How The Killing Joke ruined Batgirl

Alan Moore’s iconic graphic novel The Killing Joke is probably his most controversial work to date, and that’s saying something. It’s a great read, with some fantastic artwork that continues to influence and inspire the Batman franchise to this day. But along with the praise, over the years it’s attracted quite a bit of criticism from many sources (including its own author) for its callous maiming of the character of Barbara Gordon. The Killing Joke is one of comics’ most famous examples of “women in refrigerators”, a decade before the term was even coined.

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The subject of The Killing Joke has again been raised recently by a controversial variant cover for Batgirl #41, which features the Joker menacing a petrified looking Batgirl while smearing a smile of what is presumably blood on her face. It was created, without the input or consent of the actual comic’s creative team, mind you, to help celebrate the 75th anniversary of the Joker’s first published appearance in 1940’s Batman #1.

How The Killing Joke ruined Batgirl

The cover drew immediate criticism, spawning the twitter hashtag #CHANGETHECOVER, and as of now, DC has officially pulled it, and will not be including it as one of the final published covers of the comic. Beyond the misogynistic undertones it conveys, the cover just plain doesn’t fit with the tone of the comic itself, which has been leaning in a much more fun, lighthearted direction under its new creative team, who all protested the cover immediately. Unfortunately, this wasn’t in time to stop a small army of angry readers online from making the cover’s cancellation their new pet cause, raising it up as a martyr to “self-censorship”.

I shouldn’t even have to explain this, but “self-censorship” is an oxymoron and doesn’t exist. You cannot, by definition, censor yourself, as censorship is something imposed on you by an outside party (such as, but not always, the government). A privately-owned company commissioning a work of art and then choosing not to sell it is called self-control.

On its own, the cover may seem relatively harmless. There’s certainly nothing wrong with celebrating the character of the Joker. He’s arguably the most popular character DC has right now, even more so than Batman. And the fact that they chose to reference The Killing Joke isn’t surprising—it’s probably the most famous Joker story ever written. However, while it may seem harmless out of context, in context, it comes across as rather disturbing.

When Alan Moore first made the decision to have the Joker cripple and sexually humiliate Barbara Gordon, DC was rather alarmingly unconcerned about it. You’d think they would be hesitant to take a character who was mainly known for being the colorful, fun sidekick created for the ‘60s TV show and do something that dark and mean-spirited to her. Instead, Moore’s editor Len Wein famously responded, “Yeah, okay, cripple the bitch.” Moore has made no secret of his regret over ever writing the scene and wishing in retrospect that they had said no.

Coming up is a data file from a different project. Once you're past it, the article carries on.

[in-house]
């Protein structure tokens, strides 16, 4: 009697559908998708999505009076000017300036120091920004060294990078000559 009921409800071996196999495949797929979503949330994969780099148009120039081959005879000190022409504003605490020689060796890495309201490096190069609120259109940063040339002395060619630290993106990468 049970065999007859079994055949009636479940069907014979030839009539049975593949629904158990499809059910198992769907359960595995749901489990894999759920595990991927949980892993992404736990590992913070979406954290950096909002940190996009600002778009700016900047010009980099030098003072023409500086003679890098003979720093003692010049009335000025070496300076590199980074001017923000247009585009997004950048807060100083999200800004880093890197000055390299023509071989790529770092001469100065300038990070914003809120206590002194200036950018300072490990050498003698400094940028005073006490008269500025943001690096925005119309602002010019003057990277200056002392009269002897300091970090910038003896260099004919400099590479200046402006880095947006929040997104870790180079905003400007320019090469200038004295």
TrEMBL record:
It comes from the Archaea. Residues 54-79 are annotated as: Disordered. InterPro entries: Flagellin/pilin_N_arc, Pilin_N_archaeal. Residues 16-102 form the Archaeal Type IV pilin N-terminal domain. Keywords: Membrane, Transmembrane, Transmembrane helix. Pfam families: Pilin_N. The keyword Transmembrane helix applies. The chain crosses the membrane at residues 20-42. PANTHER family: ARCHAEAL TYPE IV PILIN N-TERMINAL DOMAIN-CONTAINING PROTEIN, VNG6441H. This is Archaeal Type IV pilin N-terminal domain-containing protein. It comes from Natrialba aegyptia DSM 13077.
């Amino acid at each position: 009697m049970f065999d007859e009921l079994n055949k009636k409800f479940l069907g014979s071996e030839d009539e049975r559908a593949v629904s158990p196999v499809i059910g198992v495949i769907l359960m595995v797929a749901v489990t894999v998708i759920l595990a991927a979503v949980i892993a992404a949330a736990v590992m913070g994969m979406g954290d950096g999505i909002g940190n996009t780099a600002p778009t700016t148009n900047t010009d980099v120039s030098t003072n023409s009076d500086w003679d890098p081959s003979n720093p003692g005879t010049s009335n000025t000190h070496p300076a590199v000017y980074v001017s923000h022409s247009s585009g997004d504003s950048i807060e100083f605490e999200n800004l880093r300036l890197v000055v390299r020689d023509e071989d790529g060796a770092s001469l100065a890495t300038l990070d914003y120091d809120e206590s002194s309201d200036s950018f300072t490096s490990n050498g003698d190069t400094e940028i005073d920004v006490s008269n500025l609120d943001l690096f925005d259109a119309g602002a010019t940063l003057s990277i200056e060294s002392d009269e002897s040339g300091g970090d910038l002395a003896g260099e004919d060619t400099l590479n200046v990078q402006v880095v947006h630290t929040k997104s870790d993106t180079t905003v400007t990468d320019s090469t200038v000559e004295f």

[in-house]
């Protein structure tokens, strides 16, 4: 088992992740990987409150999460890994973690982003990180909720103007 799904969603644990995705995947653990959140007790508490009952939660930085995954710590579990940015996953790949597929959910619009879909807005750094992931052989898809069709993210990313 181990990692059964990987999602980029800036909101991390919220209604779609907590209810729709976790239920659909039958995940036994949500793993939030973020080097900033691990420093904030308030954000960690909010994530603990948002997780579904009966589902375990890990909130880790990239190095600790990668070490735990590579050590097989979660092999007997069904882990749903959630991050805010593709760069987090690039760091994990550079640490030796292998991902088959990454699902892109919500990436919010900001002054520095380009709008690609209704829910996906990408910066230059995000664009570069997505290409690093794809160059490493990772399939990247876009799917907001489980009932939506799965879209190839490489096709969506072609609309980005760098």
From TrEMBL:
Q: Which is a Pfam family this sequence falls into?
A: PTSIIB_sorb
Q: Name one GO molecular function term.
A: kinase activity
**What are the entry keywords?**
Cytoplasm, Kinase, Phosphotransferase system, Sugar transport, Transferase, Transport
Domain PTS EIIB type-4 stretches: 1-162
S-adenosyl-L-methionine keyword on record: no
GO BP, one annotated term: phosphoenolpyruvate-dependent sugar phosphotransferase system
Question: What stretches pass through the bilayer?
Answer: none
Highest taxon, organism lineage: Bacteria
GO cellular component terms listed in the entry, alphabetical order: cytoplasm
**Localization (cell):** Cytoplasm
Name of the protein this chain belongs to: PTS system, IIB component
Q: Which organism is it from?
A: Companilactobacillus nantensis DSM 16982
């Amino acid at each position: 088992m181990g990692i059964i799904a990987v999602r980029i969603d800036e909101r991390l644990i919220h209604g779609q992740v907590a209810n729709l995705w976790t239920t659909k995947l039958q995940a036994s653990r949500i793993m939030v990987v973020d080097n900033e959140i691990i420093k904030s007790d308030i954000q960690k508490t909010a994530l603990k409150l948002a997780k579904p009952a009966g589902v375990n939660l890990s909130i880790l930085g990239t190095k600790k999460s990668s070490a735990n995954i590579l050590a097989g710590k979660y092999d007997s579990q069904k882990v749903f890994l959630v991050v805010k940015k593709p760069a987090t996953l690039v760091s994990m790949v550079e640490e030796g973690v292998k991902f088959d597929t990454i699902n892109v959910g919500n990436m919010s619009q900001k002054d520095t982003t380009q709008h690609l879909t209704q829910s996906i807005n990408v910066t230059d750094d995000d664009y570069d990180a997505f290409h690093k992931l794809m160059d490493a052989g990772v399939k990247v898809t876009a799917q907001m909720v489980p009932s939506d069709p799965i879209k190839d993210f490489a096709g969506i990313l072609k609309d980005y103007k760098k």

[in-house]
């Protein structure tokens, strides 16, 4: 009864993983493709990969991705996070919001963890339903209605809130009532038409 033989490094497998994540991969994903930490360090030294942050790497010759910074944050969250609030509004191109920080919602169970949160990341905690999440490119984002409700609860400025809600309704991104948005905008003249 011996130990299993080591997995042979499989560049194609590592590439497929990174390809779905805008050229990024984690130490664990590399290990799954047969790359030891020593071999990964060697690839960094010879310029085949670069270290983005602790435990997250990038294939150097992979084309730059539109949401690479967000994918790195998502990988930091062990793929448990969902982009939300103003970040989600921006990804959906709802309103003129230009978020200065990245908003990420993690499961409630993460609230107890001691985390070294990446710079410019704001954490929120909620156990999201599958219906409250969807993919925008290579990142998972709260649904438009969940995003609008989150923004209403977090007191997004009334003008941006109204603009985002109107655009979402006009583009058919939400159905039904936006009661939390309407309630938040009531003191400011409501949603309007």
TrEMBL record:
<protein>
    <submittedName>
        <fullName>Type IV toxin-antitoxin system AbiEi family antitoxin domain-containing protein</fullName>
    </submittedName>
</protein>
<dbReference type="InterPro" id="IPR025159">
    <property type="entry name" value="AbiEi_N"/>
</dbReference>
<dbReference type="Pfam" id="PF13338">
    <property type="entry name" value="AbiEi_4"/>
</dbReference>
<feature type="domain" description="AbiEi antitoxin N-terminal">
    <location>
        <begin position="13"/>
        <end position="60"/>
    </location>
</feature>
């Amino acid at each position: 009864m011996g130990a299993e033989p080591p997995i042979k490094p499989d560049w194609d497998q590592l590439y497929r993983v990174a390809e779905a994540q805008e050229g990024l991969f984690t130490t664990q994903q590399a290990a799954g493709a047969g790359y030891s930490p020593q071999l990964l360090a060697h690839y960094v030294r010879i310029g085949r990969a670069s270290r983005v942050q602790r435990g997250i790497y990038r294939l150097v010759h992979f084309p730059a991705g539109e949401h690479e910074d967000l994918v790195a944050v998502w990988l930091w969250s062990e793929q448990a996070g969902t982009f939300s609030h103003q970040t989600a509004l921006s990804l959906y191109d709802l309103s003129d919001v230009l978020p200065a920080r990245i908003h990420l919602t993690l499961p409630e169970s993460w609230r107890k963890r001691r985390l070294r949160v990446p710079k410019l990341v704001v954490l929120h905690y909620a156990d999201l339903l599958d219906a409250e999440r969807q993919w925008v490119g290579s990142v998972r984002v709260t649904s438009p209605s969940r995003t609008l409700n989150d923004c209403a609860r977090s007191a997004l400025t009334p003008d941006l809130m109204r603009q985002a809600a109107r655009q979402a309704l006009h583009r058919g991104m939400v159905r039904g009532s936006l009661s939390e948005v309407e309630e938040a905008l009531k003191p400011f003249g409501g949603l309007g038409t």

How The Killing Joke ruined Batgirl

Fortunately, the character of Barbara Gordon did not end with The Killing Joke. Despite being paralyzed from the waist down, she returned to crime-fighting under the identity of “Oracle”, a secretive master hacker who provides tech support and intel to other heroes in the DC universe. In this capacity, she became a popular and important hero in her own right, free from Batman’s shadow, and even formed and led her own superhero team, the Birds of Prey.

How The Killing Joke ruined Batgirl

Barbara continued on as Oracle for a few decades. Then came the New 52. When DC decided to reboot their entire universe of characters, they decided to make Barbara Gordon into Batgirl once more, bringing her back to her more iconic roots. That’s not a bad idea in theory. I enjoy the young, spunky, purple-suited Batgirl just as much as I like her as mysterious, badass Oracle.

However, they made a horrible miscalculation when they elected to keep The Killing Joke as part of her new continuity. She still got shot, molested, and possibly raped by the Joker; she just wasn’t crippled afterwards, and continued being Batgirl.

It’s understandable that DC wouldn’t want to write one of their most popular stories out of continuity (even though they had no problem writing out Alan Moore’s actual best DC story, “For the Man Who Has Everything”, thirty years ago during Crisis on Infinite Earths). However, keeping Killing Joke in continuity while removing Barbara’s rebirth as Oracle* trivializes the entire event as a part of her character. The idea that she could just bounce back like it never happened, without being profoundly changed by the experience, is at best childish and simpleminded.

[*By the way, I read somewhere that her history as Oracle is still supposed to be in continuity, but since she’s essentially back to square one regardless of what came in between, it hardly matters.]

That’s not to say Barbara isn’t still affected by The Killing Joke; quite the opposite. I only read the first few issues, but in those stories, New 52 Batgirl couldn’t stop talking about how not-over-it she was. Barbara was constantly suffering from PTSD, cowering at anything that even reminded her of the Joker. It’s a rather infantilizing step back from the Barbara who remade herself stronger than ever as Oracle.